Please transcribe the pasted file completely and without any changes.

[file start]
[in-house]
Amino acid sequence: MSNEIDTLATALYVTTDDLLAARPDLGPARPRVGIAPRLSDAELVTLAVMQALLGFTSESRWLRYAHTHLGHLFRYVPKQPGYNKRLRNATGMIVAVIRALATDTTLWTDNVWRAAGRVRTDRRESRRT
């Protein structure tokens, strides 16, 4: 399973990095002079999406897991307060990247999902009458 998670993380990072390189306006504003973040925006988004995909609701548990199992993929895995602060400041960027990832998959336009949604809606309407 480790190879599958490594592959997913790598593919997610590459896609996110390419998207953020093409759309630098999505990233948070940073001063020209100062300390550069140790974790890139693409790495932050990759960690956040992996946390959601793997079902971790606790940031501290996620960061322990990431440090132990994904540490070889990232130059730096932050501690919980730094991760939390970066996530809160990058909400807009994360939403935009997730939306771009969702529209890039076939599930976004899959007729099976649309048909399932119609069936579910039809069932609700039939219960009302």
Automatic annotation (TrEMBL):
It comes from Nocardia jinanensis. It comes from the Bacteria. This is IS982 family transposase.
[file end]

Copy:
[in-house]
Amino acid sequence: MSNEIDTLATALYVTTDDLLAARPDLGPARPRVGIAPRLSDAELVTLAVMQALLGFTSESRWLRYAHTHLGHLFRYVPKQPGYNKRLRNATGMIVAVIRALATDTTLWTDNVWRAAGRVRTDRRESRRT
């Protein structure tokens, strides 16, 4: 399973990095002079999406897991307060990247999902009458 998670993380990072390189306006504003973040925006988004995909609701548990199992993929895995602060400041960027990832998959336009949604809606309407 480790190879599958490594592959997913790598593919997610590459896609996110390419998207953020093409759309630098999505990233948070940073001063020209100062300390550069140790974790890139693409790495932050990759960690956040992996946390959601793997079902971790606790940031501290996620960061322990990431440090132990994904540490070889990232130059730096932050501690919980730094991760939390970066996530809160990058909400807009994360939403935009997730939306771009969702529209890039076939599930976004899959007729099976649309048909399932119609069936579910039809069932609700039939219960009302």
Automatic annotation (TrEMBL):
It comes from Nocardia jinanensis. It comes from the Bacteria. This is IS982 family transposase.